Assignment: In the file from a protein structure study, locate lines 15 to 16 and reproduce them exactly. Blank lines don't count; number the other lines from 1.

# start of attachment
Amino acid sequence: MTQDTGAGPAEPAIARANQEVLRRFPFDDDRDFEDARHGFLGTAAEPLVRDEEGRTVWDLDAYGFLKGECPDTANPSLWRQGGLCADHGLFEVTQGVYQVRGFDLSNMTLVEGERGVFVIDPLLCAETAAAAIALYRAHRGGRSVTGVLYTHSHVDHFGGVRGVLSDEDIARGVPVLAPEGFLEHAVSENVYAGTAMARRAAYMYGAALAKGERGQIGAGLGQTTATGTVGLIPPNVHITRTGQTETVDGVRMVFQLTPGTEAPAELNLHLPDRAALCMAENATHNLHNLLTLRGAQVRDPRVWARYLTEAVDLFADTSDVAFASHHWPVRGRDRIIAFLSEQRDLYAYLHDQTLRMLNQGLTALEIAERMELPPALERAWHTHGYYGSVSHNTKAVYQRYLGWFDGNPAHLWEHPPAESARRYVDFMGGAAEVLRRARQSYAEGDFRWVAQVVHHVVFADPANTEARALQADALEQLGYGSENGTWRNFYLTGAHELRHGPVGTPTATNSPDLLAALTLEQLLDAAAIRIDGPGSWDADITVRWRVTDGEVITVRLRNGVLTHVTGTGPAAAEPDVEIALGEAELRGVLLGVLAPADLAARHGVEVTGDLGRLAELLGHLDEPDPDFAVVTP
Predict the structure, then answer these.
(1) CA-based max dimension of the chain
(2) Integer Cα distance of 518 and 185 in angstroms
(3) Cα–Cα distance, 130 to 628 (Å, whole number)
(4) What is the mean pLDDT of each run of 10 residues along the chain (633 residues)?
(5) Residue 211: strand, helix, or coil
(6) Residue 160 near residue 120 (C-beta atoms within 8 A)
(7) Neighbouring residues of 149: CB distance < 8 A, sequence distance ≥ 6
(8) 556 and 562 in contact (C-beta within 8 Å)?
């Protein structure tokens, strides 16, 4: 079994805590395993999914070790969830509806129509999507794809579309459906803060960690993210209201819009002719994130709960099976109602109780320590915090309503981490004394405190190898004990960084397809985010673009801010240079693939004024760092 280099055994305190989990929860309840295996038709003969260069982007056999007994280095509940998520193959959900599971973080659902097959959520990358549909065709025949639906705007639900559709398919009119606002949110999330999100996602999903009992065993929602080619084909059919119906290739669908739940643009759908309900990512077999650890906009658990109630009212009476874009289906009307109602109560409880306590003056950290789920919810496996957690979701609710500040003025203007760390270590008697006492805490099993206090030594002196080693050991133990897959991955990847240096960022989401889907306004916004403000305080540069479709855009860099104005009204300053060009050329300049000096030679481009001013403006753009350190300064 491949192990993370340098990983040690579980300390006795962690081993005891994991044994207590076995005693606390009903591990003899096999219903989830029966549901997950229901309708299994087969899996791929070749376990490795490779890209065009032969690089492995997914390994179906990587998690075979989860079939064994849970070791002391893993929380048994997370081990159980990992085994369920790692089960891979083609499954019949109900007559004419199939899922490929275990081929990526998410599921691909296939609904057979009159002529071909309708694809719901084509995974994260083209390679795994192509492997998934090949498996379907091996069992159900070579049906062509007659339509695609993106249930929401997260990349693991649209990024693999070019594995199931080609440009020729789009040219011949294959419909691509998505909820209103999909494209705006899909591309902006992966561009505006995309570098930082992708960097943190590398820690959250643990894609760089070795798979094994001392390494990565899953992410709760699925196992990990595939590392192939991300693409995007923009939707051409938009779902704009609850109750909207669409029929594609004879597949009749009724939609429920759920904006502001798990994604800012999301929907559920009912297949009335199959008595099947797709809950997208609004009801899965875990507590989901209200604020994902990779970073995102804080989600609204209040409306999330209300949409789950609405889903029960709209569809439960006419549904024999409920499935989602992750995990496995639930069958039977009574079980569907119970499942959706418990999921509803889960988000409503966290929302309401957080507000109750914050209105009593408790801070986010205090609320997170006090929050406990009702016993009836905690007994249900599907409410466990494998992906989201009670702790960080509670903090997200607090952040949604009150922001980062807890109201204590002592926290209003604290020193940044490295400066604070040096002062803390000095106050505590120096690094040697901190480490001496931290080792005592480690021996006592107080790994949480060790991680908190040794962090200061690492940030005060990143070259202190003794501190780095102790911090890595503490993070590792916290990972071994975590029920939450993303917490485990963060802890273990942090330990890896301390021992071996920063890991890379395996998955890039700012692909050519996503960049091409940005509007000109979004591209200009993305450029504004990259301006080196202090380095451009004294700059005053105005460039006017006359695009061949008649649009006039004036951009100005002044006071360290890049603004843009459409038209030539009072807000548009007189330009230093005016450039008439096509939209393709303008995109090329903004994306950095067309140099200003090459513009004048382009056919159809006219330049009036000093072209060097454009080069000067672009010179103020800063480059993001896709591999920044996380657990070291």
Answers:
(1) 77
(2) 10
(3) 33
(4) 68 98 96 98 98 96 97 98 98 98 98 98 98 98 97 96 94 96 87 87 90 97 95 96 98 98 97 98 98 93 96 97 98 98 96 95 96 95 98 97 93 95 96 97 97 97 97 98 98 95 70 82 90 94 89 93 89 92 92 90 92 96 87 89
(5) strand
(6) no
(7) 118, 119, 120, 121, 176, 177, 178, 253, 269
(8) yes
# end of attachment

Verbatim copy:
(3) 33
(4) 68 98 96 98 98 96 97 98 98 98 98 98 98 98 97 96 94 96 87 87 90 97 95 96 98 98 97 98 98 93 96 97 98 98 96 95 96 95 98 97 93 95 96 97 97 97 97 98 98 95 70 82 90 94 89 93 89 92 92 90 92 96 87 89